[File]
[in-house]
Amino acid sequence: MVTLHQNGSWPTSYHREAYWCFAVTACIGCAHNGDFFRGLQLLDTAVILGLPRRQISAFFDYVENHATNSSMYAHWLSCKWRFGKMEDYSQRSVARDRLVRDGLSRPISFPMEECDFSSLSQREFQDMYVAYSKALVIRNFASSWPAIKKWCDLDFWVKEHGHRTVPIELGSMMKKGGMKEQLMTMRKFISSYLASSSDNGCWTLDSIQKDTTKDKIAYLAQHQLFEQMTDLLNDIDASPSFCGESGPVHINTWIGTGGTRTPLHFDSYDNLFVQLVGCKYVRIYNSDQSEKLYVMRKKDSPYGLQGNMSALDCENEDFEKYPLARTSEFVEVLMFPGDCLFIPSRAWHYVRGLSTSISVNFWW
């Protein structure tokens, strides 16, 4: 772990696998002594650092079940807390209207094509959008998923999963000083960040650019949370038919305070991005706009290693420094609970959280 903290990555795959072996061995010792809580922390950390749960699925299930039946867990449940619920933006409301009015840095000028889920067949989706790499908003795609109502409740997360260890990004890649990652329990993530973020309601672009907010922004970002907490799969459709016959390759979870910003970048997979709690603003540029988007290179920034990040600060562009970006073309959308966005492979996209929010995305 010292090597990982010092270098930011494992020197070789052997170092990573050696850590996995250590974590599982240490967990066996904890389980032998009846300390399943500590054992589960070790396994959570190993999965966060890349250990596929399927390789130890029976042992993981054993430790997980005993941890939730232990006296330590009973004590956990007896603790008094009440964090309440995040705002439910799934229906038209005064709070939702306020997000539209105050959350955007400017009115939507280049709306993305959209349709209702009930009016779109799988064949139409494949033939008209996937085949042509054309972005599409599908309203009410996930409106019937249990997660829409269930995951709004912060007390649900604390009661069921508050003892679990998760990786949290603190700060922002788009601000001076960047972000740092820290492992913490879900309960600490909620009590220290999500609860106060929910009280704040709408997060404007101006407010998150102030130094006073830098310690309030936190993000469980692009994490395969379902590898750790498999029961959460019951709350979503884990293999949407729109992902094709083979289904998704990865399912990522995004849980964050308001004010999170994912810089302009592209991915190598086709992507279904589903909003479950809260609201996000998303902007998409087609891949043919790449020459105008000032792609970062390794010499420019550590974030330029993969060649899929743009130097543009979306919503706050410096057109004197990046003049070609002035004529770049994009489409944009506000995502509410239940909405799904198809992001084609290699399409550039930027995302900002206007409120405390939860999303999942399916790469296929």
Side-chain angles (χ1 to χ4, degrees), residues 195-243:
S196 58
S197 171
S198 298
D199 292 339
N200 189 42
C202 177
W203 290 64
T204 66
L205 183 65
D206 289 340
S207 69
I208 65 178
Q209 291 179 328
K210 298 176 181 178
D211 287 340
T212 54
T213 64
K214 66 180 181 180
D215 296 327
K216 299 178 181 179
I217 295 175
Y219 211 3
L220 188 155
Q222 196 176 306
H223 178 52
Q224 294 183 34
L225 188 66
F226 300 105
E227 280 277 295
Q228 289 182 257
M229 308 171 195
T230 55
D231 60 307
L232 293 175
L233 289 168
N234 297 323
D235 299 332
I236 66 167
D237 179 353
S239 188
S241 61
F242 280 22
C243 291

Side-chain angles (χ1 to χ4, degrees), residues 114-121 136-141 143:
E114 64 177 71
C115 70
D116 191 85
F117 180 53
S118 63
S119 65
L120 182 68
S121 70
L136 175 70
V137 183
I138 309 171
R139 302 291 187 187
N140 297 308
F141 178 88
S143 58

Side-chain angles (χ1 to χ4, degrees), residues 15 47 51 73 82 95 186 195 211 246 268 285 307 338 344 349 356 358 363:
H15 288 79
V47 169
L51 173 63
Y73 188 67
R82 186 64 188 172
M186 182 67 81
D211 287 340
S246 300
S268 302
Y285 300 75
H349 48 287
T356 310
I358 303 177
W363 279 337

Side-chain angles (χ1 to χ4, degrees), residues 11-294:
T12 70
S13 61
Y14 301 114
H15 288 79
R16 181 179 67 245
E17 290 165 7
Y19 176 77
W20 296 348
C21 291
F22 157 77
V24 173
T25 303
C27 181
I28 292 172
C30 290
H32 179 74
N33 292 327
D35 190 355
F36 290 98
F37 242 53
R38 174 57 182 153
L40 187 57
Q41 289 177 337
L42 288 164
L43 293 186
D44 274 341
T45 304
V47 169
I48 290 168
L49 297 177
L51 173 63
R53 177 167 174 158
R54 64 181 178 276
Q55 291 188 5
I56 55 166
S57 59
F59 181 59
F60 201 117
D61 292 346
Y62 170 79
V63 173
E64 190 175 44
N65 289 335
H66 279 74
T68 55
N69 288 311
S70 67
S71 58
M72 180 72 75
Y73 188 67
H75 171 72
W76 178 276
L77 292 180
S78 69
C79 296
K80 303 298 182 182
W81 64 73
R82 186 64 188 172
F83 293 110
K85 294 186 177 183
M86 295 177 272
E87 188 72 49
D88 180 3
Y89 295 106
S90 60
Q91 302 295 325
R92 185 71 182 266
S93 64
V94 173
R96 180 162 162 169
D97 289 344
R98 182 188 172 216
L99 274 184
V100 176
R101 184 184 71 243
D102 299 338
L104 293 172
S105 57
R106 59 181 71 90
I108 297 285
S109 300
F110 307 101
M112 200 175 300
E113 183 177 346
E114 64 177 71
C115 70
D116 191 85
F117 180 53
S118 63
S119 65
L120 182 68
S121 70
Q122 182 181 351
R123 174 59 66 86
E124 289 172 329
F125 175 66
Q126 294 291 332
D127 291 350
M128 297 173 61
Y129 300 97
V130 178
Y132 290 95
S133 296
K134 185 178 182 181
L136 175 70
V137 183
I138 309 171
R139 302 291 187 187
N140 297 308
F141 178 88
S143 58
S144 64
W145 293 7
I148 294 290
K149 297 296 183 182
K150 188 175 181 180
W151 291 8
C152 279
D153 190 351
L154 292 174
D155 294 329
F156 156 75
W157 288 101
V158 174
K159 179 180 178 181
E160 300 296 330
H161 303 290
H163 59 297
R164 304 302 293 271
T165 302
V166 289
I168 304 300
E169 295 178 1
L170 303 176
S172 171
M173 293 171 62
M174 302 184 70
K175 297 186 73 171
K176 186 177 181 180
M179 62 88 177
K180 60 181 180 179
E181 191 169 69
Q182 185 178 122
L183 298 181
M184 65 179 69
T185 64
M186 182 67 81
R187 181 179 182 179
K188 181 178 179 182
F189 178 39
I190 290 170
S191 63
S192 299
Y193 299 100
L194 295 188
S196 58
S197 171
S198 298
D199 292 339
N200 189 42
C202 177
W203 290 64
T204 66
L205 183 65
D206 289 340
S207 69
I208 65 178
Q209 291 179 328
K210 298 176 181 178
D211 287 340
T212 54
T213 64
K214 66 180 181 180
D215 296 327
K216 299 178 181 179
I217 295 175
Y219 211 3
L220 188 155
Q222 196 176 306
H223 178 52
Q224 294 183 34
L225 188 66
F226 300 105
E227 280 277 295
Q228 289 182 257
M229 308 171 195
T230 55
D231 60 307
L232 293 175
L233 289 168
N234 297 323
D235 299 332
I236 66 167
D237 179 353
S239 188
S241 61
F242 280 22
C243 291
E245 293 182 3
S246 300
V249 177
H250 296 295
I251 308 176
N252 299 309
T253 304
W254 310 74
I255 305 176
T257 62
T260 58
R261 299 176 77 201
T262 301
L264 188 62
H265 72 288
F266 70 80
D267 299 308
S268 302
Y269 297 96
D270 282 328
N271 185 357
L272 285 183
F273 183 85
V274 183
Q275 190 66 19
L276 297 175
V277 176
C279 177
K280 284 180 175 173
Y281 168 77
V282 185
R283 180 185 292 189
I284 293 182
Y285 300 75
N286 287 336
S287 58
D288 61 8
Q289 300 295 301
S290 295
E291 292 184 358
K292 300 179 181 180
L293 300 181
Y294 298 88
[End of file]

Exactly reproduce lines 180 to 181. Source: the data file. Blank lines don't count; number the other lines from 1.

V130 178
Y132 290 95